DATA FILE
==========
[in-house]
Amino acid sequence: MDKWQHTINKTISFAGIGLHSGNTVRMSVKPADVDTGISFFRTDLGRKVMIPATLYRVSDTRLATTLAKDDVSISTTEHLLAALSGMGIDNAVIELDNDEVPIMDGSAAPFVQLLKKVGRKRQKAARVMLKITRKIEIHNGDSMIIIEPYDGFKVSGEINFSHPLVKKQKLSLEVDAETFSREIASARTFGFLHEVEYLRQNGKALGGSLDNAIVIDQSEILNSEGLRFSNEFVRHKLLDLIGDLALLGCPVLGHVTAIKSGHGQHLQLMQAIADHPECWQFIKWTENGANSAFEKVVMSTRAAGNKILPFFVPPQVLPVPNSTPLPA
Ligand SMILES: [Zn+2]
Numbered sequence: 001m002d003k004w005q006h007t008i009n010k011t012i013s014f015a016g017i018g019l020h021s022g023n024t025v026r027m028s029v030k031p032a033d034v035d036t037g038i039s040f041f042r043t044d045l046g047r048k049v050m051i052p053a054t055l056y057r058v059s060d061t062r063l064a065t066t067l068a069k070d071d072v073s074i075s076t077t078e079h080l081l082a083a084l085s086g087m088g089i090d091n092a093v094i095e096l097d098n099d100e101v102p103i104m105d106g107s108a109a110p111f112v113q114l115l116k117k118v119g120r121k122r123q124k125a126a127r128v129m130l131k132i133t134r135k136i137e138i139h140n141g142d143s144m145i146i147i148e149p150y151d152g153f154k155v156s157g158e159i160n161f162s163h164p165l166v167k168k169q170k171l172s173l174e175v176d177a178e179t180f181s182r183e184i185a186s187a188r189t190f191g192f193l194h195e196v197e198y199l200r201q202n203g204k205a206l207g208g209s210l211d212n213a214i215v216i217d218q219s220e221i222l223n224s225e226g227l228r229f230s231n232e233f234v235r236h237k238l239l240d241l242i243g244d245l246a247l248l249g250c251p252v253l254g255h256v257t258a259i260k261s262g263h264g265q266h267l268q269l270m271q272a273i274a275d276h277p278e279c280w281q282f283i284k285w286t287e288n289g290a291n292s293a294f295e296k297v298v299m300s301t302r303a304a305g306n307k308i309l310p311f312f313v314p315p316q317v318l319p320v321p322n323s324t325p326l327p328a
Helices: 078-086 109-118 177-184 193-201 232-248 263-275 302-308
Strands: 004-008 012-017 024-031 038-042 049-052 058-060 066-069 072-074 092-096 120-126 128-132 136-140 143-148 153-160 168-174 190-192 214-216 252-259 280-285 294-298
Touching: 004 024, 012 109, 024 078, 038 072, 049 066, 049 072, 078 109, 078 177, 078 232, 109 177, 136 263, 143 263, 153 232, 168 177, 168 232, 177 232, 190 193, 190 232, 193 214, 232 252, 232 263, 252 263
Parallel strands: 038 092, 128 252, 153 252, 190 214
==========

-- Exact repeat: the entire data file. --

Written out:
[in-house]
Amino acid sequence: MDKWQHTINKTISFAGIGLHSGNTVRMSVKPADVDTGISFFRTDLGRKVMIPATLYRVSDTRLATTLAKDDVSISTTEHLLAALSGMGIDNAVIELDNDEVPIMDGSAAPFVQLLKKVGRKRQKAARVMLKITRKIEIHNGDSMIIIEPYDGFKVSGEINFSHPLVKKQKLSLEVDAETFSREIASARTFGFLHEVEYLRQNGKALGGSLDNAIVIDQSEILNSEGLRFSNEFVRHKLLDLIGDLALLGCPVLGHVTAIKSGHGQHLQLMQAIADHPECWQFIKWTENGANSAFEKVVMSTRAAGNKILPFFVPPQVLPVPNSTPLPA
Ligand SMILES: [Zn+2]
Numbered sequence: 001m002d003k004w005q006h007t008i009n010k011t012i013s014f015a016g017i018g019l020h021s022g023n024t025v026r027m028s029v030k031p032a033d034v035d036t037g038i039s040f041f042r043t044d045l046g047r048k049v050m051i052p053a054t055l056y057r058v059s060d061t062r063l064a065t066t067l068a069k070d071d072v073s074i075s076t077t078e079h080l081l082a083a084l085s086g087m088g089i090d091n092a093v094i095e096l097d098n099d100e101v102p103i104m105d106g107s108a109a110p111f112v113q114l115l116k117k118v119g120r121k122r123q124k125a126a127r128v129m130l131k132i133t134r135k136i137e138i139h140n141g142d143s144m145i146i147i148e149p150y151d152g153f154k155v156s157g158e159i160n161f162s163h164p165l166v167k168k169q170k171l172s173l174e175v176d177a178e179t180f181s182r183e184i185a186s187a188r189t190f191g192f193l194h195e196v197e198y199l200r201q202n203g204k205a206l207g208g209s210l211d212n213a214i215v216i217d218q219s220e221i222l223n224s225e226g227l228r229f230s231n232e233f234v235r236h237k238l239l240d241l242i243g244d245l246a247l248l249g250c251p252v253l254g255h256v257t258a259i260k261s262g263h264g265q266h267l268q269l270m271q272a273i274a275d276h277p278e279c280w281q282f283i284k285w286t287e288n289g290a291n292s293a294f295e296k297v298v299m300s301t302r303a304a305g306n307k308i309l310p311f312f313v314p315p316q317v318l319p320v321p322n323s324t325p326l327p328a
Helices: 078-086 109-118 177-184 193-201 232-248 263-275 302-308
Strands: 004-008 012-017 024-031 038-042 049-052 058-060 066-069 072-074 092-096 120-126 128-132 136-140 143-148 153-160 168-174 190-192 214-216 252-259 280-285 294-298
Touching: 004 024, 012 109, 024 078, 038 072, 049 066, 049 072, 078 109, 078 177, 078 232, 109 177, 136 263, 143 263, 153 232, 168 177, 168 232, 177 232, 190 193, 190 232, 193 214, 232 252, 232 263, 252 263
Parallel strands: 038 092, 128 252, 153 252, 190 214